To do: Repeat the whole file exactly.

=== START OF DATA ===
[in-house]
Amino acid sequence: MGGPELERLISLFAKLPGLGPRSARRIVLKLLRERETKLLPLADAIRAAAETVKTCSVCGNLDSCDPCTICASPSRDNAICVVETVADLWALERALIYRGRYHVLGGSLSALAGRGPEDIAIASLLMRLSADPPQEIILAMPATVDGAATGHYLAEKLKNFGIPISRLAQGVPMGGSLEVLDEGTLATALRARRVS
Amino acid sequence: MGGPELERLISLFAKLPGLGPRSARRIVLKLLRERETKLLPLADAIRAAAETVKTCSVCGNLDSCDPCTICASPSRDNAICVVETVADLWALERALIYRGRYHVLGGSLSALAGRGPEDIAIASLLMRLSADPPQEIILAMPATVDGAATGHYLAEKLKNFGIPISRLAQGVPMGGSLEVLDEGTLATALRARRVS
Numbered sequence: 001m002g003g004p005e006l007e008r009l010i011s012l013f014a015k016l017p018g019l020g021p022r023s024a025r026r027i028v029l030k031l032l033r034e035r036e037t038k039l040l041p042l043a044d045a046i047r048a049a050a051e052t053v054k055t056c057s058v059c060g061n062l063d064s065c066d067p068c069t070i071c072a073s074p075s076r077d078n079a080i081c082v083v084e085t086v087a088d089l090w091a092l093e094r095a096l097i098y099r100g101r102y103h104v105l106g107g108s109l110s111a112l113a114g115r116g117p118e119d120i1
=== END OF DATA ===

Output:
[in-house]
Amino acid sequence: MGGPELERLISLFAKLPGLGPRSARRIVLKLLRERETKLLPLADAIRAAAETVKTCSVCGNLDSCDPCTICASPSRDNAICVVETVADLWALERALIYRGRYHVLGGSLSALAGRGPEDIAIASLLMRLSADPPQEIILAMPATVDGAATGHYLAEKLKNFGIPISRLAQGVPMGGSLEVLDEGTLATALRARRVS
Amino acid sequence: MGGPELERLISLFAKLPGLGPRSARRIVLKLLRERETKLLPLADAIRAAAETVKTCSVCGNLDSCDPCTICASPSRDNAICVVETVADLWALERALIYRGRYHVLGGSLSALAGRGPEDIAIASLLMRLSADPPQEIILAMPATVDGAATGHYLAEKLKNFGIPISRLAQGVPMGGSLEVLDEGTLATALRARRVS
Numbered sequence: 001m002g003g004p005e006l007e008r009l010i011s012l013f014a015k016l017p018g019l020g021p022r023s024a025r026r027i028v029l030k031l032l033r034e035r036e037t038k039l040l041p042l043a044d045a046i047r048a049a050a051e052t053v054k055t056c057s058v059c060g061n062l063d064s065c066d067p068c069t070i071c072a073s074p075s076r077d078n079a080i081c082v083v084e085t086v087a088d089l090w091a092l093e094r095a096l097i098y099r100g101r102y103h104v105l106g107g108s109l110s111a112l113a114g115r116g117p118e119d120i1